Speaking of economics: corporations have finally woken up to the profit margins of the margins, and the Dinah has become a lot more attractive to brands. Bacardi, Bud Lite, Smirnoff and Barefoot Wines are all big sponsors this year. Bacardi and Bud have sent teams of scantily clad promo girls (most of whom are straight) who hand out swag, pose for photos and generally act a little gay for pay. While it’s normally irritating to get relentlessly advertised to, in this case it’s a sign of progress. You’re not a real human until you’re recognized by corporate America.
The Dinah has also started to attract more big-name talent. Katy Perry and the Pussycat Dolls have all performed at the festival. And this year, Lady Gaga popped in briefly as a guest to watch pal Katherine Moennig (known to lesbians everywhere as Shane from the L word) play a DJ set. The celebrities have raised the Dinah’s profile and brought it more mainstream attention.
Vice are here this year, for example, shooting a documentary. The producer is gay, but it’s also her first Dinah and she looks a little overwhelmed.
“What’s your angle?” I ask her. “Well, you know, we’re going to show all the tits and ass,” she says, as her cameraperson zooms in on just that, “and then we’re going to show why it’s actually really meaningful.” She pauses for a moment. “So far though, all we’ve got is the tits and ass.”
Let’s not downplay the tits and ass – they’re meaningful in their own way. As CeeCee, a 26-year-old Dinah newbie, told me, a lot of people don’t think lesbians (that is, real human lesbians, not the male porn fantasies) have any fun. “People think we just sit at home in sensible shoes reading feminist theory to our cats,” she said. Being able to strip off at the Dinah, then, is an empowering experience for a lot of women; a chance to embrace and celebrate their sexuality in a safe space.

Palm Springs: ‘Embracing gay can pay’

While a lot of big brands have only started wooing dyke dollars recently, the city of Palm Springs has long been cognizant of the economic benefits of embracing diversity. It grew to prominence in the 1930s when closeted Hollywood movie stars would head to the desert to escape the studios’ scrutiny. The likes of Rock Hudson, Liberace, Greta Garbo, Joan Crawford and Marlene Dietrich all spent time there.
Today it’s estimated that almost half the population of Palm Springs are gay, and it has the highest per capita gay population in the US, if not the world. It’s also seeing a surge of interest among straight Hollywood. Leonardo DiCaprio recently bought a vacation home there: the Dinah Shore Palm Springs Estate.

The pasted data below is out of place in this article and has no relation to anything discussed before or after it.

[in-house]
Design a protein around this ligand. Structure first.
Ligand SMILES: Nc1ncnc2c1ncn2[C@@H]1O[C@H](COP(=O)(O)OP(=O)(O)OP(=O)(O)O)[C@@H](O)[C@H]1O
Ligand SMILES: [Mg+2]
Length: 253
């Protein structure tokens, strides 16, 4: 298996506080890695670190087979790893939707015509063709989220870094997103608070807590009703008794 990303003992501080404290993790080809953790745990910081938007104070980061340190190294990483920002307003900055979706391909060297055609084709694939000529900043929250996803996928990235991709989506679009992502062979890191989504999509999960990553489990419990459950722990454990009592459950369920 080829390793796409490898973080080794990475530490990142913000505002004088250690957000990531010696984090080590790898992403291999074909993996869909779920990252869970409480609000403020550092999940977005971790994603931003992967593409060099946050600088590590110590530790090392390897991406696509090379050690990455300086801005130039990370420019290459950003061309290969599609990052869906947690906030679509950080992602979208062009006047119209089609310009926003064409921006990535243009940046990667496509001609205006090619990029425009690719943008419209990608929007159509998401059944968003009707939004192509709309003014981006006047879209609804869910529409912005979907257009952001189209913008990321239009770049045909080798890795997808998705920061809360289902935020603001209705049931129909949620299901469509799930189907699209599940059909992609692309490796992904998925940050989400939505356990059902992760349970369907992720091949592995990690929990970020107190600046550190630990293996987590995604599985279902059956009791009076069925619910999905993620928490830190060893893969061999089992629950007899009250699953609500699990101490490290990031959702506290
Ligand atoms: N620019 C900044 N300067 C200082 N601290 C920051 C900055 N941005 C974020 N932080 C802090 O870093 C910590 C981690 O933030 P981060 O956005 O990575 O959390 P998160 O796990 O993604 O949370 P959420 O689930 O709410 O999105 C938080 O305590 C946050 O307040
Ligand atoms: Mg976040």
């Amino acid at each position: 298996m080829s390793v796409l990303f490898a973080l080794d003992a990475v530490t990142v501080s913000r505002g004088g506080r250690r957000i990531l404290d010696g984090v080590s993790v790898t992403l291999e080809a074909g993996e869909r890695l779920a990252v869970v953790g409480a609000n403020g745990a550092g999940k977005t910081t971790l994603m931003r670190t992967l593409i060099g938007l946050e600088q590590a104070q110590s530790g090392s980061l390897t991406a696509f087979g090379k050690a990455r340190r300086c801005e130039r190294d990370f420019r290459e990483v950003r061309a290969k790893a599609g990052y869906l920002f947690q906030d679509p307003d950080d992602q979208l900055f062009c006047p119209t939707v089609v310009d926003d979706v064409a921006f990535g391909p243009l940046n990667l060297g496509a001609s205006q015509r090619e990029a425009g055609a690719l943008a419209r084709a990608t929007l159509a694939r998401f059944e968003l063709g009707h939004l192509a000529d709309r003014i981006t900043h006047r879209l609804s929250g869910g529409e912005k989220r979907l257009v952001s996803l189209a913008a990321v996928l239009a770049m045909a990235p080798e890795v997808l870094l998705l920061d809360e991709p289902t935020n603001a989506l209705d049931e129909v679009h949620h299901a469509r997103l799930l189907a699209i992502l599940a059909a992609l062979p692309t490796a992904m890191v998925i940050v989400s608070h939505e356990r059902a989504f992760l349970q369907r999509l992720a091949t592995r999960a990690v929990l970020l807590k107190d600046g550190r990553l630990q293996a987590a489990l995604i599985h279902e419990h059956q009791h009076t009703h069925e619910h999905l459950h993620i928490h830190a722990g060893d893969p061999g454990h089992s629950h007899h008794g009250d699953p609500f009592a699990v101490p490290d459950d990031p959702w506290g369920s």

Rob Moon, the openly gay mayor of Palm Springs, told me that “now more than ever, the city is experiencing a tremendous renaissance and Dinah Shore Weekend has been a huge economic driver. We owe a debt of gratitude to the LGBT community for helping Palm Springs evolve into the ultra-cool, stylish and sophisticated city it is today.”
As for the future of lesbian-centric events, there has been a trend of lesbian bars closing recently. This has been partly been blamed on apps like Tinder, which make meeting other gay people less reliant on gay bars. It’s also been put down to more liberal attitudes; there’s no longer a need for gay space if all space is more inclusive.
Will the next generation of gay women feel the same need for an extended women’s party? Mariah Hanson, founder of the Dinah, certainly seems to think so. “There’ll always be need for gay people to come together and congregate,” she said. “Our culture is unique … we’re not part of straight culture. The Dinah is and always has been five days of incredibly magical celebration of our lives. If the UN would pay attention to what’s going on at the Dinah it could change the world in a big way. People put aside their differences and go home feeling changed.”
I don’t know that Ban Ki-moon should necessarily get the security council to strip into swimwear and grope each other. However, there’s certainly something affirmative and cathartic about the experience. As Leah, a DJ in Boston, told me: “It’s the experience that college should have been.”